Spain and France have announced that they will propose a joint plan for a European-African conference on immigration at a European Union summit later this month.
Many are prepared to go to any length to enter the EU
The plan will be supported at the meeting by the French who gave their public backing to the proposal which will be presented at the summit in Britain on Oct. 27 and 28.
"France supports the Spanish idea of a European-African conference on immigration," French Prime Minister Dominique de Villepin said on Monday after holding discussions with his Spanish counterpart Jose Luis Rodriguez Zapatero in Barcelona.
"All of our countries are confronted today with this question of immigration. We should treat it with courage, daring and imagination," de Villepin added.
"Spain and France will present a joint initiative at the next European Council on a global plan on a response to immigration ... which commits the EU much more than it has been up to now," Prime Minister Zapatero told the press conference.
The issue came to a head last month with a series of assaults by thousands of sub-Saharan African immigrants on fencing at the Spanish border surrounding the North African enclaves of Ceuta and Melilla -- Africa's only land border with the EU.
Deaths and mayhem at Spain's African border
At least 14 people have died in their attempt to leap over the heavily defended borders after trekking across vast swathes of Africa to northern Morocco. Some of them have been shot by Moroccan security forces while desperately attempting to reach a better life in Europe.
African immigrants in a transit camp near Spain
After struggling for some time to keep the waves of immigrants from swamping its borders, Spain has repeatedly called on the EU to get a grip on the roots of the illegal immigration problem by aiding the poor African countries from where migrants originate. The reasoning behind this policy being that if better opportunities existed at home, there would be less reason for migrants to risk their lives in attempting to reach the wealthy EU.
Zapatero told his French counterpart that illegal immigration from sub-Saharan Africa was an issue that concerned the whole of Africa and Europe and one that Morocco and Spain could not deal with alone.
Zapatero calls on EU to avert "humanitarian drama"
Zapatero spoke to Chirac about the immigration issue.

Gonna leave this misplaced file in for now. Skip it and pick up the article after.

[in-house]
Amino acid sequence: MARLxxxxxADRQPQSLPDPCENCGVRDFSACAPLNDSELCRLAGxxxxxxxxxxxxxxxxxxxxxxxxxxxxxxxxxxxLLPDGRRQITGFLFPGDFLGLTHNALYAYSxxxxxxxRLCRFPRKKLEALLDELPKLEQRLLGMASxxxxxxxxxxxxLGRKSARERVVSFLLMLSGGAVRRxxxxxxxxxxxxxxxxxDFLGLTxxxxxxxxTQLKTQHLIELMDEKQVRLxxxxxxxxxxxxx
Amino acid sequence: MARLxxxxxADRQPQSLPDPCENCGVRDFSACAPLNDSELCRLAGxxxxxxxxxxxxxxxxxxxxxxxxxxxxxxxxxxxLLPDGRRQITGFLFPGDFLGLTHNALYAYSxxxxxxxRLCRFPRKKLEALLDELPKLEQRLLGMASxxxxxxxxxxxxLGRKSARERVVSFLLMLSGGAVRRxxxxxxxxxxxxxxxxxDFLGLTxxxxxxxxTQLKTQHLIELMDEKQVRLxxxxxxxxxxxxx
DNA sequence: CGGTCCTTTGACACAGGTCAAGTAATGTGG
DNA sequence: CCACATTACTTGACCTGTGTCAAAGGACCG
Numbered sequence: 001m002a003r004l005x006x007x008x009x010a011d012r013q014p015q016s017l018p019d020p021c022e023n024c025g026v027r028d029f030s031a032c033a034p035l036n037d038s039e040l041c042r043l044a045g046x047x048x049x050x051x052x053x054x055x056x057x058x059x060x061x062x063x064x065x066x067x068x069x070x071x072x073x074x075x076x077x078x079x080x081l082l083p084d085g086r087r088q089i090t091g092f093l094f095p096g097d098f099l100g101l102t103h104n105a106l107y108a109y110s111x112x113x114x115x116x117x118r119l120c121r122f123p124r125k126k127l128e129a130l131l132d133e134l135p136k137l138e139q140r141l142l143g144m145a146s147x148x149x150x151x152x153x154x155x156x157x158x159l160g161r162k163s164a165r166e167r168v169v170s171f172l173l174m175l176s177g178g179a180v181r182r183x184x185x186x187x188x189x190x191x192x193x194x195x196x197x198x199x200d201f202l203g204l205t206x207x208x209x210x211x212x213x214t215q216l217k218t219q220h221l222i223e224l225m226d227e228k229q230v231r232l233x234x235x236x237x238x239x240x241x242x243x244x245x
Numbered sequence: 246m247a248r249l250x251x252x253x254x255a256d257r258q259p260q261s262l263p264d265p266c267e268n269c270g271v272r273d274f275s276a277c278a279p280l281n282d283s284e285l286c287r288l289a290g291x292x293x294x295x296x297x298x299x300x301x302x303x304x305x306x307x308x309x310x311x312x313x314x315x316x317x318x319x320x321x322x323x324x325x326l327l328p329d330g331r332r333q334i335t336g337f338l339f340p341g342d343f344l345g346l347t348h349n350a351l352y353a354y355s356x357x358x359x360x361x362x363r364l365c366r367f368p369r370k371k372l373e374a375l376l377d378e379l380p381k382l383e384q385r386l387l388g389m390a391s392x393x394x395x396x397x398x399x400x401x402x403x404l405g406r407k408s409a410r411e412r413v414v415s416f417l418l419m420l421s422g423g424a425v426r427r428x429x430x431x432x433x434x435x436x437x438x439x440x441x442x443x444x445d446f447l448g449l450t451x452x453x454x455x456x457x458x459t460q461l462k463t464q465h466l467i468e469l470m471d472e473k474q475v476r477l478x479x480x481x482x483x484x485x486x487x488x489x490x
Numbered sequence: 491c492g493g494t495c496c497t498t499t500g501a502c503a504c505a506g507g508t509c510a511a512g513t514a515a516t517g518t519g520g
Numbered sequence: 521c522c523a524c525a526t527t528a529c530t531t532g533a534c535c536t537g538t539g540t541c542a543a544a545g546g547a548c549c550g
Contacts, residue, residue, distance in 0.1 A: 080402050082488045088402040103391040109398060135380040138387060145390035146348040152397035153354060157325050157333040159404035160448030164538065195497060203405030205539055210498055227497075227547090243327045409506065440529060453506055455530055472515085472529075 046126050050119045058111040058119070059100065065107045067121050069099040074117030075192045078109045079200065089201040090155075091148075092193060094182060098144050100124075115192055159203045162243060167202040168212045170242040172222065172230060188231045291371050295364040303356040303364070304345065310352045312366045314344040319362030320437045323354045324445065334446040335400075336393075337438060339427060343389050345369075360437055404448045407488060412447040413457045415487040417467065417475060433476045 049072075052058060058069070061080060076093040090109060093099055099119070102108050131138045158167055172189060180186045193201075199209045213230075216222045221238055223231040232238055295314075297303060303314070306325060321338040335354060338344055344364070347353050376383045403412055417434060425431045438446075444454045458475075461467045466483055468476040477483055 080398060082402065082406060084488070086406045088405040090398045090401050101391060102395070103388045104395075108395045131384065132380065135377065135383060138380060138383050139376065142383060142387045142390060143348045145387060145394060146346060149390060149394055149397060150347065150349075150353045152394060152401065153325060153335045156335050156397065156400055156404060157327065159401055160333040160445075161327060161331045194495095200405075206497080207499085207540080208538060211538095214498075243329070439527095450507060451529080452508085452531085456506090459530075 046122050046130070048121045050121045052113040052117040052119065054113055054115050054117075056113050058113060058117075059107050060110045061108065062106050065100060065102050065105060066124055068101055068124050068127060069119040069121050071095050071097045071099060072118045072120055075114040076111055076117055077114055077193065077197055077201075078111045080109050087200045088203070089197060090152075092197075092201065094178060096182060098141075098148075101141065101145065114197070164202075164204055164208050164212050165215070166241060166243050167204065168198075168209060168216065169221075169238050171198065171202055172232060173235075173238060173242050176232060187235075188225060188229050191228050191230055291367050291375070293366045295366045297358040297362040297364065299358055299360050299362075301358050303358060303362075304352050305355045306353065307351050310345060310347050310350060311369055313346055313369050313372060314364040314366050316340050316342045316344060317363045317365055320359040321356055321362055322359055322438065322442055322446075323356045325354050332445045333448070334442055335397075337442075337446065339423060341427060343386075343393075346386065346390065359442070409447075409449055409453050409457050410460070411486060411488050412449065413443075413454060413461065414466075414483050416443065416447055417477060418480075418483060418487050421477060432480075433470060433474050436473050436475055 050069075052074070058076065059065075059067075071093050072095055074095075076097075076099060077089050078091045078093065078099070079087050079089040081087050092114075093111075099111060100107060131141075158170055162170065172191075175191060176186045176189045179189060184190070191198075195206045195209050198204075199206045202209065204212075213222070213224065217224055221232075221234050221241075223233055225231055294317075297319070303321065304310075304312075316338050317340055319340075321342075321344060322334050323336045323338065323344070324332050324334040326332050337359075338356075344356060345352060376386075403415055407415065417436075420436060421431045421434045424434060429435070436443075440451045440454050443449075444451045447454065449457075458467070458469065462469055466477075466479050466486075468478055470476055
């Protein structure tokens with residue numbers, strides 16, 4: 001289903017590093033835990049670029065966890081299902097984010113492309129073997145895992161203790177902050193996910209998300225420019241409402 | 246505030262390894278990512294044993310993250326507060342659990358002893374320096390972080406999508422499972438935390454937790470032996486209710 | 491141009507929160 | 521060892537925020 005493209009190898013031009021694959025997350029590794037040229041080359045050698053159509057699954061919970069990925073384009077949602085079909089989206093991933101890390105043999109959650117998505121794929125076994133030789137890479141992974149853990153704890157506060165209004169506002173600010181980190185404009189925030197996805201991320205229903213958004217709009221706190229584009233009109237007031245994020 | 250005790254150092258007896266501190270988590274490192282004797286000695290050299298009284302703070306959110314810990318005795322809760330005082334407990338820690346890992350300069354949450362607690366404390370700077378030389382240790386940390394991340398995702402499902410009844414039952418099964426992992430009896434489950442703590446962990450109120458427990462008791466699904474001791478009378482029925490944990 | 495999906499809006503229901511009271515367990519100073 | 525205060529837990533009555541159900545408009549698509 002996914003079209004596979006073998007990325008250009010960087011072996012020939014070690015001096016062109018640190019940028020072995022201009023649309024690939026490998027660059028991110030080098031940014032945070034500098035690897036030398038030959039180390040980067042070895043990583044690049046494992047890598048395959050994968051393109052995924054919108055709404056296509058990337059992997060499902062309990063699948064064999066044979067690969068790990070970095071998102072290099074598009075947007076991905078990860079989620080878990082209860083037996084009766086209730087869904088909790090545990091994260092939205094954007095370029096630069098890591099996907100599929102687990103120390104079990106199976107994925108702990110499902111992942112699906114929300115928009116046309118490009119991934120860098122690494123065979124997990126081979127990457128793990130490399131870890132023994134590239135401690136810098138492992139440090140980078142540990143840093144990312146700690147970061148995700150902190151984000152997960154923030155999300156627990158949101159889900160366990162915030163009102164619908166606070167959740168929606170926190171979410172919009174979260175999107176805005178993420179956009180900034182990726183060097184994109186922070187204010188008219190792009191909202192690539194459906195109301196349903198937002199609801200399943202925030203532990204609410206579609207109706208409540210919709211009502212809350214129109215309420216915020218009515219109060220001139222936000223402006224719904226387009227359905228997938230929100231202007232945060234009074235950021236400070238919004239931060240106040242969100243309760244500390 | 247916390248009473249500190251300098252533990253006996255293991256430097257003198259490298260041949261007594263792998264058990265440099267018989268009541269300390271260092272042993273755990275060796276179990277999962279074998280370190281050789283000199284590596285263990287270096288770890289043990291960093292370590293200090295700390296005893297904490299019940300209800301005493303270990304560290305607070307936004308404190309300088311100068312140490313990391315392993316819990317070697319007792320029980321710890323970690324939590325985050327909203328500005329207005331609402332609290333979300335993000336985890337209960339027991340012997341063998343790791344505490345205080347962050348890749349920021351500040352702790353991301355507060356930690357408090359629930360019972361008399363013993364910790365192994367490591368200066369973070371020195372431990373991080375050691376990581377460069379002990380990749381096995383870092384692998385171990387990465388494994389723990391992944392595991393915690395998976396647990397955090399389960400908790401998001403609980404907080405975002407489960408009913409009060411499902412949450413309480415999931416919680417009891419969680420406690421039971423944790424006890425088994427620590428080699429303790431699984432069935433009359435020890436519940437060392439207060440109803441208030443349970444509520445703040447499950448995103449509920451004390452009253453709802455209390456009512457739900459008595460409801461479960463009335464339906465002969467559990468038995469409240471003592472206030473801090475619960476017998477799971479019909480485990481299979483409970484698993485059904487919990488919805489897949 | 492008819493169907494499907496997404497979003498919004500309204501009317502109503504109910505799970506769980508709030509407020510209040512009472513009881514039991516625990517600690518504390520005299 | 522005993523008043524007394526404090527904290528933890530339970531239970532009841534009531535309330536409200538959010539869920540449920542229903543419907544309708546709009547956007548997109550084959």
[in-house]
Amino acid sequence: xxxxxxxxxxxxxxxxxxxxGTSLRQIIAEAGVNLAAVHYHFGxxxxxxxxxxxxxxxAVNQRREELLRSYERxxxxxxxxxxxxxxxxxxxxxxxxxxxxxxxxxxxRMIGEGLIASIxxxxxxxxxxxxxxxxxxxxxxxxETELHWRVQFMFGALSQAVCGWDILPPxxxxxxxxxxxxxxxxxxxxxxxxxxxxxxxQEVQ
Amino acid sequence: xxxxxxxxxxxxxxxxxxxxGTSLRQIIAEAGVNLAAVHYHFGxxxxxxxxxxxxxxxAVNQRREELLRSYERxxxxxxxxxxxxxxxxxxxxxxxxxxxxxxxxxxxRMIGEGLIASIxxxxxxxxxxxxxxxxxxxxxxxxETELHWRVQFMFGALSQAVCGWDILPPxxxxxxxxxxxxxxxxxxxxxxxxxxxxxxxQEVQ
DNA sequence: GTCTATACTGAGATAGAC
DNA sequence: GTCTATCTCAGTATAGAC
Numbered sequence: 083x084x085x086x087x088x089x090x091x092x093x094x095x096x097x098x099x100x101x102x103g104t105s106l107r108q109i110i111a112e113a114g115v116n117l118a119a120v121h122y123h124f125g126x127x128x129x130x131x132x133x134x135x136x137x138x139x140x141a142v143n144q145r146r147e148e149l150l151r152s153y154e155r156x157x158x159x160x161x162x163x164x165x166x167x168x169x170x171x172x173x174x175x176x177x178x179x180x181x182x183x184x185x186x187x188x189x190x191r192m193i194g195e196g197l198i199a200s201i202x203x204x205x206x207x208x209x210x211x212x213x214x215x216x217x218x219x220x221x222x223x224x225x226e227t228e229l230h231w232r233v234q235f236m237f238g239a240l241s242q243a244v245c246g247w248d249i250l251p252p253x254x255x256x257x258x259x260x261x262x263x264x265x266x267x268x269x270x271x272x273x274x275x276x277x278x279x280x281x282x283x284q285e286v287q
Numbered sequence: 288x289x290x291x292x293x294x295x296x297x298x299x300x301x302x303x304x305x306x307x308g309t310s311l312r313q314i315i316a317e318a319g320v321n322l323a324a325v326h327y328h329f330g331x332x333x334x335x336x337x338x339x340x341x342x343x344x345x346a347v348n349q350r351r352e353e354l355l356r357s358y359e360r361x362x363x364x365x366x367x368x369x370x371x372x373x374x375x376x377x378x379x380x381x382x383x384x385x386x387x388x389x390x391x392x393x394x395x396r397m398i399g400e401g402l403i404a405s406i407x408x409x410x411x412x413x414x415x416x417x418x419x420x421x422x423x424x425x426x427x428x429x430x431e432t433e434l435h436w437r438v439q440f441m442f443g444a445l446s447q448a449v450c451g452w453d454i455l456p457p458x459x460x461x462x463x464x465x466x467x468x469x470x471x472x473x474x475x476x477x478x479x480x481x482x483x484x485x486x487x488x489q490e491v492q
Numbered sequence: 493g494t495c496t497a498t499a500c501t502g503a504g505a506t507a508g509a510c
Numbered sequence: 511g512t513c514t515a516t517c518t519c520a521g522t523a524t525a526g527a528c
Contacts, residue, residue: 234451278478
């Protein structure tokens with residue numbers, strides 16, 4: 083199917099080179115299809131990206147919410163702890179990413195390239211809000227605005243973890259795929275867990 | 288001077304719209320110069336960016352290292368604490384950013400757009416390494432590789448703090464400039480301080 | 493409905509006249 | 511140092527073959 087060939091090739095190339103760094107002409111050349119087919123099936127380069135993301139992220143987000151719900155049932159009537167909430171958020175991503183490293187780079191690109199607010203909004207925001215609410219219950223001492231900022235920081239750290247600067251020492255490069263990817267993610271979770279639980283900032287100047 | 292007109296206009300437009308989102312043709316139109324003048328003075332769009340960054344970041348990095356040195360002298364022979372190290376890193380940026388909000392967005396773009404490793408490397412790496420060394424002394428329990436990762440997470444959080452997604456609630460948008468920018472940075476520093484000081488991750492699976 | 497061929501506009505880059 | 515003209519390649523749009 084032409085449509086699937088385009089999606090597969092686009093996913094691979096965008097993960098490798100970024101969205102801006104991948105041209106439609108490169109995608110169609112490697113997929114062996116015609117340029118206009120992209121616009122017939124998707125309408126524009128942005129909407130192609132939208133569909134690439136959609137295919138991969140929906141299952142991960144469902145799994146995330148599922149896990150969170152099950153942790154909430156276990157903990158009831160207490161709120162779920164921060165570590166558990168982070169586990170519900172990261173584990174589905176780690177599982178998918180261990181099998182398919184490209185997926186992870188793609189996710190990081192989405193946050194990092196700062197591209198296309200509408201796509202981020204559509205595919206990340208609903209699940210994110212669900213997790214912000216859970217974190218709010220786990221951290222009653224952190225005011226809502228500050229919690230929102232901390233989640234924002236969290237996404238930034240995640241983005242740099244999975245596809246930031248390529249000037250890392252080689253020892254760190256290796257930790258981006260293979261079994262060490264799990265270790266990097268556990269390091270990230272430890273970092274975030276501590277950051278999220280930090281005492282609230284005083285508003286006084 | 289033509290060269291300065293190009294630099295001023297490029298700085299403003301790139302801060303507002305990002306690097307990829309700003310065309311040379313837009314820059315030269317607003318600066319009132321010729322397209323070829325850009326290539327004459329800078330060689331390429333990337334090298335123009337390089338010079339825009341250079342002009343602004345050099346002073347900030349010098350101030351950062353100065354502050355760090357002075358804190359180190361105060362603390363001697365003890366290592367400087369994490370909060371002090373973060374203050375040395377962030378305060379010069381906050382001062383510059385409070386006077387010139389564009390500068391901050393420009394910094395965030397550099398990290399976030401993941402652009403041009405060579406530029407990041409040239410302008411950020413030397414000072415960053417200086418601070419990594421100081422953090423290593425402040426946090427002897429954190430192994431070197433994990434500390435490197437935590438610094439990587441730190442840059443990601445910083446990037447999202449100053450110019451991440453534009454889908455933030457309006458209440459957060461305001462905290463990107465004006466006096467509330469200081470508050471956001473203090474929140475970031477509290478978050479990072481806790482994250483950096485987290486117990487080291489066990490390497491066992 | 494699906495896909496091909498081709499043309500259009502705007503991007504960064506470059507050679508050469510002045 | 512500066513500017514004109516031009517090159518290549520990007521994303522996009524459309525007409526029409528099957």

"Europe refuses to take the African immigrants, but Spain and Morocco cannot play the role of EU policeman on their own," a Spanish spokesman told AFP on behalf of the prime minister, adding it was "time to act" to solve a "humanitarian drama." Zapatero himself revealed that he had spoken directly by phone with French President Jacques Chirac about the issue.
As well as storming the borders around Ceuta and Melilla, thousands more African migrants take to rickety boats each year in a perilous trip to the Canary Islands or across the Gibraltar Strait to southern Spain. Many don’t make it across alive.
French PM sketches out two-pronged strategy
While Zapatero provided no details of the proposal, de Villepin hinted at a two-pronged strategy which would combine improving controls along the border regions with a development and training program in Africa.
French Prime Minister Dominique de Villepin.
The French prime minister added that transit countries for immigrants should also be given support in protecting their borders under a new, broad European immigration policy.
Spain annoyed some of its EU partners earlier this year by giving documentation to hundreds of thousands of immigrants who had been working illegally in Spain and then had irritated them further recently by allowing “thousands” more to enter Spain..
Neighbors "irritated" by Spanish policy
The Spanish daily ABC reported that the French and German interior ministers had complained "this week" about Spain's immigration policy, saying "25,000 illegals from black Africa have crossed the Pyrenees in the past few months" to France, Belgium and The Netherlands.
Quoting police experts, ABC said another 25,000 were still in Spain.
German Interior Minister Otto Schily
The paper added that French Interior Minister Nicolas Sarkozy had called the Spanish government the "Sorcerer's Apprentice" in terms of immigration and called the country “an open door” while the paper quoted German counterpart Otto Schily (photo) as saying that "massive (immigrant) regularization has the knock-on effect of attracting new illegals."